What is the Polish market marching towards?

Poland is a market, similar to Turkey and Scandinavia, which many look towards to see what is the next big thing in banking and payments.

Krakow-based Comarch, founded in 1993, is a software company that serves a myriad of sectors. These include telecommunications, trade and services, IT infrastructure, public administration, manufacturing, healthcare, and SMEs. However, some of its most interesting work is in finance and banking.

Comarch’s financial services sector specialises in creating and developing software and IT systems for major financial institutions operating on banking. Its portfolio currently includes UniCredit, BNP Paribas, ING, Raiffeisen, Allianz, Societe Generale and more. Overall, 24,000 bank employees use Comarch software every day.

According to Comarch, the ‘undisputed leader’ in sales for the last year is its Comarch Internet Banking, which is in great demand in Europe. A transactional platform designed to handle large volumes of data; it processes 28 million transactions monthly.

Other tools include Comarch CRM & Loyalty for banking, a set of products to aid building and maintaining customer relationships, and Comarch Smart Finance, a retail banking solution that consolidates internet and mobile banking, as well as personal finance management. With the latter, the bank can analyse the financial behaviour of its customers and offer products adjusted to their specific needs and expectations.

With a particular focus on global scale operations, the financial services arm of Comarch places its interest in countries with the most developed or rapidly developing financial markets. A few examples are Belgium, Turkey, the US, and Singapore.

Last year, the sales revenue of the financial services arm amounted to €33m ($35.9m), around 13.4% of Comarch’s entire revenue, and is third in financial performance among all of the sectors that Comarch covers.

Rising prospects
Andrzej Przewiezlikowski, vice president of Comarch, is confident that things can only get better.

At its conference, in association with Efma, in Krakow, The Retail and Corporate Finance Excellence Summit, he said: “Profits reached €23m last year. We can’t officially comment about results this year, but the first three quarters were pretty decent if you look at the numbers compared to the previous years.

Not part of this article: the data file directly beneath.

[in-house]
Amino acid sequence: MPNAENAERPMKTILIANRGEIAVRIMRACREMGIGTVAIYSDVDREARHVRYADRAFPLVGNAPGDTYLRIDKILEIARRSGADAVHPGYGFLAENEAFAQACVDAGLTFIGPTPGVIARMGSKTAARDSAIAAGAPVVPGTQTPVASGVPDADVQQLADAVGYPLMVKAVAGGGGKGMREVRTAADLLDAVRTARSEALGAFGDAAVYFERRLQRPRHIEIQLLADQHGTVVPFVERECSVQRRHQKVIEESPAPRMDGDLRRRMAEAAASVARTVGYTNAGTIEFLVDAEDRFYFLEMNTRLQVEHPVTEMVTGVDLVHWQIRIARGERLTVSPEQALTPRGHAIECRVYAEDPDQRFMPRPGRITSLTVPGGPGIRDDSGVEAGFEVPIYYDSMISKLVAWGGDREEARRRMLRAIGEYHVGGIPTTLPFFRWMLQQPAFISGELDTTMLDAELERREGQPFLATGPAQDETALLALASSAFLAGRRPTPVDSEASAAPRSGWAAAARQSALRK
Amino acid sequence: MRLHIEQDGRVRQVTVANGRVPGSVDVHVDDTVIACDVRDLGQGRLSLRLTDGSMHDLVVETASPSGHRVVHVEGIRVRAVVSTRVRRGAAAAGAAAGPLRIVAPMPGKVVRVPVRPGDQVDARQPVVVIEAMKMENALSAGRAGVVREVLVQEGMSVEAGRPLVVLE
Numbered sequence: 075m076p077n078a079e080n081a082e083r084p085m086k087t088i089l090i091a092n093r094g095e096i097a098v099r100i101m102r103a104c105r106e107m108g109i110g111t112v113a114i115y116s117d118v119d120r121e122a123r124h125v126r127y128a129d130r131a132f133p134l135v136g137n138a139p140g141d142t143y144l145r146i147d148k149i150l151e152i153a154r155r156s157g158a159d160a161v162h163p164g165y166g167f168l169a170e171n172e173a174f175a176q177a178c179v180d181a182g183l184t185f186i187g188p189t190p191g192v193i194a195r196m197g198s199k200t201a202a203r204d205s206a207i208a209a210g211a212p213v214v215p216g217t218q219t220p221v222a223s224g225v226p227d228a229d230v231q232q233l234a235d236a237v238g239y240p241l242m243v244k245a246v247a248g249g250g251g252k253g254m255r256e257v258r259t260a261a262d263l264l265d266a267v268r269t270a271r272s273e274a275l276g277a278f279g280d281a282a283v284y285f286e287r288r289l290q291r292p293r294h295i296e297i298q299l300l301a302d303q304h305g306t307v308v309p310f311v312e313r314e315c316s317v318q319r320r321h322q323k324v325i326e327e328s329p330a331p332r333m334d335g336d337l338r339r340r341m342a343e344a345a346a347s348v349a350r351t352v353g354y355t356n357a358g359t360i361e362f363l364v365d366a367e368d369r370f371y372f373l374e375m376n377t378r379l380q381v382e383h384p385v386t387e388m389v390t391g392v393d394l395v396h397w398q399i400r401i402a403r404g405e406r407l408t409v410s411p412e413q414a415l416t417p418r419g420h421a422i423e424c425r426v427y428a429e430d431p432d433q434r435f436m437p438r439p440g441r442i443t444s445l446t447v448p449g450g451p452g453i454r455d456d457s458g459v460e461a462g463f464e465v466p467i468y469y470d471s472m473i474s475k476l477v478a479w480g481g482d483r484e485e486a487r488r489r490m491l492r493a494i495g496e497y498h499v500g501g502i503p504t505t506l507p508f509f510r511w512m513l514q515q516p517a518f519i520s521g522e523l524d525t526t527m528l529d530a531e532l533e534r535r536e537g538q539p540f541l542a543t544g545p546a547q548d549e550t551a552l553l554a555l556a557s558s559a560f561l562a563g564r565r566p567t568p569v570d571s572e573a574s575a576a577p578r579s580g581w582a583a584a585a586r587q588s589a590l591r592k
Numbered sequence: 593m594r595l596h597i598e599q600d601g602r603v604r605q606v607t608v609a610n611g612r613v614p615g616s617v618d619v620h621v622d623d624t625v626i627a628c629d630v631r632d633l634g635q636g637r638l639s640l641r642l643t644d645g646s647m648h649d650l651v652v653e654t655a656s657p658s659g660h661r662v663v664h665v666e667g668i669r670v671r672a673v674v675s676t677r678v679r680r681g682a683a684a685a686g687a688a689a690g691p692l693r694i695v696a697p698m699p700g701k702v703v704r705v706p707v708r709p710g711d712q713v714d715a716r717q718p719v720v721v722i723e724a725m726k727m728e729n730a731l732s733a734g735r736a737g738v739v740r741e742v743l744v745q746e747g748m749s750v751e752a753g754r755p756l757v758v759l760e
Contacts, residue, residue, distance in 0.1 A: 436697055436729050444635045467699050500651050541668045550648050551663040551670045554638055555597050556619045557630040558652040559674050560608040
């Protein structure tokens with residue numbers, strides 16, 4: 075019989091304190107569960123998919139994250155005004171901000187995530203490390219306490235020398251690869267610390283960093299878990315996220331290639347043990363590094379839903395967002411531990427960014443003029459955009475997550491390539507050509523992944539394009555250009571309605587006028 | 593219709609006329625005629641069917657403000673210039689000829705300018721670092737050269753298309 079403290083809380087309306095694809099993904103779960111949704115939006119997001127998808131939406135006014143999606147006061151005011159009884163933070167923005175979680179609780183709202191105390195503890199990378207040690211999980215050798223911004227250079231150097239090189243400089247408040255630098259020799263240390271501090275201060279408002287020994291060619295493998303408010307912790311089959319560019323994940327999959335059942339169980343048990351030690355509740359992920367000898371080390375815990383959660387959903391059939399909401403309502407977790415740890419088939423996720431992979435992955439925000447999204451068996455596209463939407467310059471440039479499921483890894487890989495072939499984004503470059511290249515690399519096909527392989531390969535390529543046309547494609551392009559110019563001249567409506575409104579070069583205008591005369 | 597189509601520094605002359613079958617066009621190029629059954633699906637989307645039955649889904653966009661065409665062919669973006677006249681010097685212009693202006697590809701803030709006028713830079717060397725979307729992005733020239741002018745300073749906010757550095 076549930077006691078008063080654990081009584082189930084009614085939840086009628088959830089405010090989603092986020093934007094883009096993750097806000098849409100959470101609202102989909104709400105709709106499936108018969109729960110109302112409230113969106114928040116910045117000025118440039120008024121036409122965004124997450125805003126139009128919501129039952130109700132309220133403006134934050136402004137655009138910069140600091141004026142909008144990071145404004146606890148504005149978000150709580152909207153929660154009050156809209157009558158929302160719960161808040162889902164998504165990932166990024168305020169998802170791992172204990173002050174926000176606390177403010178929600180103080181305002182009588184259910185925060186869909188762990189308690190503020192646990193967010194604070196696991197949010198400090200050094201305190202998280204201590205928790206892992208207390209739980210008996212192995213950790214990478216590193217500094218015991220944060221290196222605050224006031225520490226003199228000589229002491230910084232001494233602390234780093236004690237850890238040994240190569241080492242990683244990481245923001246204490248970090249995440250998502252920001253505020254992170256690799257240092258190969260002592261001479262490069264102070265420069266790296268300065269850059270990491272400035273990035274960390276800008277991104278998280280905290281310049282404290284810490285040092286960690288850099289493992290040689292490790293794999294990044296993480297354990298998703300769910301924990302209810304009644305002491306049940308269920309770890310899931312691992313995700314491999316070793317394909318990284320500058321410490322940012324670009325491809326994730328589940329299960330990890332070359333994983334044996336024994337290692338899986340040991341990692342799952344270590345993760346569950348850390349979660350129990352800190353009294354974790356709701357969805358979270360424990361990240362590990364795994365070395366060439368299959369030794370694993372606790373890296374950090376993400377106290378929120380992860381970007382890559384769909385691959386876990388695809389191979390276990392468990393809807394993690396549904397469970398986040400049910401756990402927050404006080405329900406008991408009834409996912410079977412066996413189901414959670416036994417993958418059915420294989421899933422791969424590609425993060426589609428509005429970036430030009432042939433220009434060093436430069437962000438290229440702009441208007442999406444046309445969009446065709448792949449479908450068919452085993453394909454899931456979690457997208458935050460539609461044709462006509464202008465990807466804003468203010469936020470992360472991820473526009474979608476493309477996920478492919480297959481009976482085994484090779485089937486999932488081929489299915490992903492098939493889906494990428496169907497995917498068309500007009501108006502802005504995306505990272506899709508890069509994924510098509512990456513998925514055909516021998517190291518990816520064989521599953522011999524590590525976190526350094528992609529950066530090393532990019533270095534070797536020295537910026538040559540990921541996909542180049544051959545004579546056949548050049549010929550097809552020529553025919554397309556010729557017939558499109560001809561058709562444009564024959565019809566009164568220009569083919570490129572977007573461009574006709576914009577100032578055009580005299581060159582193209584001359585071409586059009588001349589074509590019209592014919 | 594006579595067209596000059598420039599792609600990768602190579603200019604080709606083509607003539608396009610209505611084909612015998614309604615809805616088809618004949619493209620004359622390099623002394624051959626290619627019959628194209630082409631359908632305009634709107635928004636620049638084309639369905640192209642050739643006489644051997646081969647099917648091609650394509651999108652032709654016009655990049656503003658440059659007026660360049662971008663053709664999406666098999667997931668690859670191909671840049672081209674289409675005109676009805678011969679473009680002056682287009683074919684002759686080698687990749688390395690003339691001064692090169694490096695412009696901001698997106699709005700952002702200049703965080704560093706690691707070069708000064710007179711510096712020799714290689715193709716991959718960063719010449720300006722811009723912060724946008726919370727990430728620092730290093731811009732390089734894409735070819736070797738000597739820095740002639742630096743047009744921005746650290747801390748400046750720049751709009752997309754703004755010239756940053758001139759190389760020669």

“We have a presence in 46 subsidiaries in 24 countries across the world. The important thing is that these markets grow, so it is not pure luck that drives us. It’s not something that we did one time and we’re happy about that. It’s something that we’ve been doing constantly for the last ten years; we’re growing on a year-to-year basis.

“That basically means that we are able to provide a service and will not disappear a few years from now because we have sufficient business to support us, even if we have something like a financial crisis.”

Embracing the new
During the conference, Jakub Grzechnik, head of mobile and internet banking at PKO BP, presented on the topic of digital product development to support banking propositions. The main point was that new products needed to be built with digital first in mind.

He said: “Young and affluent customers want to be self-service customers…but legacy customers may have habits that are not necessarily digital.”

Przewiezlikowski, when speaking to RBI, added: “11% of our revenue goes to research and development (R&D); I call it, a promise of future excellence. We are not a company without a long term view, we are actually a company that does have products, that does invest in those products and that does support and improve those products.”

Comarch prides itself on its reputation and ‘expertise’, particularly when it comes to working within companies’ existing legacy systems. As a problem throughout a large chunk of the financial sector, this is crucial. With large costs in play, whether that be maintaining existing systems or replacing them, Comarch works within legacy limitations.

Przewiezlikowski said: “There are many companies out there with legacy solutions and we have changed the way that we work in our software design package. Rather than developing everything from scratch, we first of all design the customer experience. This basically leads us to solutions which are more product-oriented with a very good customer experience and good design.

“This ethos makes sure that we’re actually taking responsibility for the whole implementation of the product.”

He concluded: “The trouble with the banks is that if you look at the best that the banks have in their IT systems, the majority of that comes from legacy programmes, but if they do, let’s say, new internet banking, they aren’t necessarily changing.

“They are putting another layer of complexity that comes with their system. The thing is that if they do it this way, they have much more ability in changing the way they interact with customers because they don’t need to change a whole core system in order to have a banking product. That does save a lot of money.”